One of the eye-catching sights in the Hawaiian flora are the flowers of ʻŌpelu — Lobelia hypoleuca.  The plant blooms just once in its lifetime.  It grows for years as a rosette of long slender leaves until an inflorescence — flower stalk — sprouts, grows, and blooms into a spray of spectacular purple-blue flowers.  After the flowers are pollenated and the seeds mature, the plant completes it’s life cycle and dies.


Lobelia hypoleuca is endemic to the Hawaiian Islands and is found on 6 of the 8 main islands — Kauaʻi, Oʻahu, Molokai, Maui, Lanaʻi, and Hawaiʻi.  The plant was first described in 1888 by Dr. William Hillebrand – an accomplished medical doctor at Queen’s Hospital and personal physician to King Kamehameha V.  Hillebrand was also an accomplished amateur botanist.  L. hypoleuca is included in Hillebrand’s monumental work “Flora of the Hawaiian Islands”, in which a host of new Hawaiian plants were introduced to Western science for the first time.


The plant belongs to the Hawaiian Lobeliad Group which evolved the most plant species from a single colonization in an oceanic archipelago.  There are over 260 species in the group all endemic to the Hawaiian Islands.  The Hawaiian names for most were not recorded by Western botanists before the Hawaiian people who knew the names died.  So most plants in the Hawaiian Lobeliad Group go by the generic name ʻoha or ʻoha wai.  Lobelia hypoleuca is exceptional in that multiple Hawaiian names are known for the plant – ʻŌpelu,  Kuhiʻaikamoʻowahie, Liua, and Moʻowahie.  ʻŌpelu is the more common name and refers to schools of the fish ‘öpelu — Mackerel scad – the plant is said to resemble.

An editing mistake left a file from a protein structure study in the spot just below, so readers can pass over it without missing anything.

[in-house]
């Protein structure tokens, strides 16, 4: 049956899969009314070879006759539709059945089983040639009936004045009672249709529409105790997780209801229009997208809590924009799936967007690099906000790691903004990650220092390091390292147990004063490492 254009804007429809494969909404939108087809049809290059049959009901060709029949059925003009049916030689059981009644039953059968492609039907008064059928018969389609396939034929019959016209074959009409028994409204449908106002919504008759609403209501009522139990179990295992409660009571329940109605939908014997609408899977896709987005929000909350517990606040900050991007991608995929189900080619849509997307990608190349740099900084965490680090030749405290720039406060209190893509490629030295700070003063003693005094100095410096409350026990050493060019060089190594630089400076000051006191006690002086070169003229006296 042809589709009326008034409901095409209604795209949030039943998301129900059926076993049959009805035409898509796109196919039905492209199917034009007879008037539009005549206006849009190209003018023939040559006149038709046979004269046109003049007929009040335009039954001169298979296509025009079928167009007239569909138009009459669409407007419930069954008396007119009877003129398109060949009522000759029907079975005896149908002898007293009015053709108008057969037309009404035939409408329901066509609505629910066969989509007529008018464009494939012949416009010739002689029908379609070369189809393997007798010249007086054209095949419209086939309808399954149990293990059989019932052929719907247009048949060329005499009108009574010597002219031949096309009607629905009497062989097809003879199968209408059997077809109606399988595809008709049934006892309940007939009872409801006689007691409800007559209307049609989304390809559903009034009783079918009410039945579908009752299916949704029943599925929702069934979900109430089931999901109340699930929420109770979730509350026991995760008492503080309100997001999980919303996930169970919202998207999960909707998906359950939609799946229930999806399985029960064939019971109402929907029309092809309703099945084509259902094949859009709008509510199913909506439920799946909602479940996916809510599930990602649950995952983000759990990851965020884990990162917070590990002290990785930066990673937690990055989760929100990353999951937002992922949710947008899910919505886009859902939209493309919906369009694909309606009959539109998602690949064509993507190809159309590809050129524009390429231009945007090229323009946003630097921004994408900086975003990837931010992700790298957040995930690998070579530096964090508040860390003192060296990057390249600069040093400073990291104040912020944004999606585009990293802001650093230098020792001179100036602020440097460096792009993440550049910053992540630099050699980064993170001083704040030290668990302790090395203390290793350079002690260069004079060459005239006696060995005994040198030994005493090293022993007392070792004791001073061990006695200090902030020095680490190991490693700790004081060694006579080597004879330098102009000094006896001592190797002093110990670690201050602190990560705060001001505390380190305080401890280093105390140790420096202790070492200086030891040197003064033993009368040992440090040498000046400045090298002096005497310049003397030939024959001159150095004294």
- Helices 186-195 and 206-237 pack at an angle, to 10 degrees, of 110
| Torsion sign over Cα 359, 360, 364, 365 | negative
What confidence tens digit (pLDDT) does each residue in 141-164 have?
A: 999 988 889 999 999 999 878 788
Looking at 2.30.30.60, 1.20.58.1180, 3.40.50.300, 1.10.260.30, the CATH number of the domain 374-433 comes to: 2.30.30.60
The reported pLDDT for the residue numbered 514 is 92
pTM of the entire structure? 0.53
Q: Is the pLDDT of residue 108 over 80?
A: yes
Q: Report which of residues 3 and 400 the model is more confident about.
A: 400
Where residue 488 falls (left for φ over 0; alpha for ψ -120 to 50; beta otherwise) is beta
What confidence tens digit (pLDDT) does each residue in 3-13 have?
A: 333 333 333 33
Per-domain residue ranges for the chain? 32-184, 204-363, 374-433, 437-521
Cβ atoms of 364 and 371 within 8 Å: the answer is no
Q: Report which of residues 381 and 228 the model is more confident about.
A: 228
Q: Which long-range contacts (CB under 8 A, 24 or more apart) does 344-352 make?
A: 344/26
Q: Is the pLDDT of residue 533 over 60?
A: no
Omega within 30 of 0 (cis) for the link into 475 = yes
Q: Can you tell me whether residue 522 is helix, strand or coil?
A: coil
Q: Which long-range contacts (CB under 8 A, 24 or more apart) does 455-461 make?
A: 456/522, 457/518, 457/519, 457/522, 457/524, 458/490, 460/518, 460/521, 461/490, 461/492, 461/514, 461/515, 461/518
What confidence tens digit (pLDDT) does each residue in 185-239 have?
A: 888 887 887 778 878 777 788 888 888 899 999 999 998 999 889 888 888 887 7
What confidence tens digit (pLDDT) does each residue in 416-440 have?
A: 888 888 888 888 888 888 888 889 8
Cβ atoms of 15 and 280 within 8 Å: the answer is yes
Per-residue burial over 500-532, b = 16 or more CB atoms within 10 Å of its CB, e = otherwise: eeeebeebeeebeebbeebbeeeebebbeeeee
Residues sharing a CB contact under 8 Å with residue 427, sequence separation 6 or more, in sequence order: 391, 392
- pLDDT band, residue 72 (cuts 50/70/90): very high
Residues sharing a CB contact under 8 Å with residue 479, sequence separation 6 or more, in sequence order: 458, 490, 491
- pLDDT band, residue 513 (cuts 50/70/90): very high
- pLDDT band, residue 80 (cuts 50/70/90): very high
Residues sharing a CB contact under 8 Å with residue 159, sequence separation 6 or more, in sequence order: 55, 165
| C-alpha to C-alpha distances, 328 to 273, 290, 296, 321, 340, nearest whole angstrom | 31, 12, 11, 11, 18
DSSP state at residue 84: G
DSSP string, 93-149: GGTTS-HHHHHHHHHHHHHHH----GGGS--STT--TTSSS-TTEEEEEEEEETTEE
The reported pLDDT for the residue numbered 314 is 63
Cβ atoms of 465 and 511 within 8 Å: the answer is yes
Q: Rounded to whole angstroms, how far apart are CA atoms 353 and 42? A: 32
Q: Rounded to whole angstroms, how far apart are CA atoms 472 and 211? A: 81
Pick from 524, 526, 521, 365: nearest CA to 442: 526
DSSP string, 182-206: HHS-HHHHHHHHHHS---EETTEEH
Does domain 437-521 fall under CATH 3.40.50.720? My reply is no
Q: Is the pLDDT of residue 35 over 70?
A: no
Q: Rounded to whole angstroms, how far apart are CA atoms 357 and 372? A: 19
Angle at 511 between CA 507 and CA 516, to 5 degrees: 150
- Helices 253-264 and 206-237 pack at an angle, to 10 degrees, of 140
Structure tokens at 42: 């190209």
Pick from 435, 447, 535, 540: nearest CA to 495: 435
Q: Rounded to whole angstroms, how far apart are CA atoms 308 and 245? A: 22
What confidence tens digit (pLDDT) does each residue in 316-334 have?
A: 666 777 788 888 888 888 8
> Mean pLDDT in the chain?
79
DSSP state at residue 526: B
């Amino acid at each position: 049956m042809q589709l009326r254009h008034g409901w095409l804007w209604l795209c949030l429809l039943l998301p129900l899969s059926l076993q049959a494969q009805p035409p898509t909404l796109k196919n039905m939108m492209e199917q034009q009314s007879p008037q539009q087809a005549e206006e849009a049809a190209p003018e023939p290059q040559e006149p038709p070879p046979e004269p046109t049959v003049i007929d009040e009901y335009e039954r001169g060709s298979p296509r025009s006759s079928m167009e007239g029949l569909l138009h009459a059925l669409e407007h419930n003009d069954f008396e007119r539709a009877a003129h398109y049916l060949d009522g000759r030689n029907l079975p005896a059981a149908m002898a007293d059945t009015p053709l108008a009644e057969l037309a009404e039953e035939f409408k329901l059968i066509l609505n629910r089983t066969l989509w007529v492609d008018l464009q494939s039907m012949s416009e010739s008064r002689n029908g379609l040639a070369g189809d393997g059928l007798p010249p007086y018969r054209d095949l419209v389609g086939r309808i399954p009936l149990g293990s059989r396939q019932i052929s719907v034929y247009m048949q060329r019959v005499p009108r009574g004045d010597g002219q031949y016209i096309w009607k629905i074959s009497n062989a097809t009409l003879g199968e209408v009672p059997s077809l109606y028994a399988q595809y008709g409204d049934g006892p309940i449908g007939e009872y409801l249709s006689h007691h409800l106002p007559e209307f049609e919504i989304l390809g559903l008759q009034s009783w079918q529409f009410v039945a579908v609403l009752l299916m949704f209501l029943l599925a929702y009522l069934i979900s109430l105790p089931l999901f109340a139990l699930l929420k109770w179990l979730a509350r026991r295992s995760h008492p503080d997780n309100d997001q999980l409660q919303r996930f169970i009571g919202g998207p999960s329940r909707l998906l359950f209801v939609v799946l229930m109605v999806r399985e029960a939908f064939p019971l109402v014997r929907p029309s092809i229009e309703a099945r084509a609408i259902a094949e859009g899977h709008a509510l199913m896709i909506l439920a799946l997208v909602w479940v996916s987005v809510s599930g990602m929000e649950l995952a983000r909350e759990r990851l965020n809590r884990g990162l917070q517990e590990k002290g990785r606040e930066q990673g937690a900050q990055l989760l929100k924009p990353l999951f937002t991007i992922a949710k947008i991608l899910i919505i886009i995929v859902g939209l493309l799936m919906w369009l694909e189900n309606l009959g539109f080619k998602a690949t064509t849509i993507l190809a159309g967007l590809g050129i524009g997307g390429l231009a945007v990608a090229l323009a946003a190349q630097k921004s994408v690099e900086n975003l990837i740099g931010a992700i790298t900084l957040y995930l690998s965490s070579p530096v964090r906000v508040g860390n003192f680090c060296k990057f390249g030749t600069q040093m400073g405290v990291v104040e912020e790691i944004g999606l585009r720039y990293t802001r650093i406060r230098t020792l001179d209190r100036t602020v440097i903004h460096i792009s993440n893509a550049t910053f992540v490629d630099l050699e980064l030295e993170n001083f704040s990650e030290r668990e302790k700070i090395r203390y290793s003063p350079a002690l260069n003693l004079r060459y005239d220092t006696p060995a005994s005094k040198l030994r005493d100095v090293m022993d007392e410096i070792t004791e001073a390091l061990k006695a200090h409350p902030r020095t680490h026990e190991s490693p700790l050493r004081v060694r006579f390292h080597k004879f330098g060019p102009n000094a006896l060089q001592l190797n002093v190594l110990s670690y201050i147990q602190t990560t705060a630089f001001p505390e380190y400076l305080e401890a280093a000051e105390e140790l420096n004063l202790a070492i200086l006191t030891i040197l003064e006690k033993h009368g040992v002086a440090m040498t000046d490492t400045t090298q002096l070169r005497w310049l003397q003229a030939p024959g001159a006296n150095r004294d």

The flowers of L. hypoleuca range from blue to purple.  The flower appears to have a single large petal beneath the staminal column.  In other lobelia species the petal splits into 3 parts – a large one in the middle and two much smaller ones on either side.  If you examine the flowers up close you can see holes/tears in the petal where it would split into 3 parts.  But the tear does not go all the way through so the petal remains a single piece. How odd is THAT!



Lobelia hypoleuca is not on the federal list of endangered species nor is it on the IUCN Red list.  While many other plants in the Hawaiian Lobeliad Group are much rarer and are listed, L. hypoleuca is by no means common. My experience looking for them in the mountains is that they are few and far between.  Like many other Hawaiian plants, pigs, goats, rats, slugs, and invasive alien plants are major threats.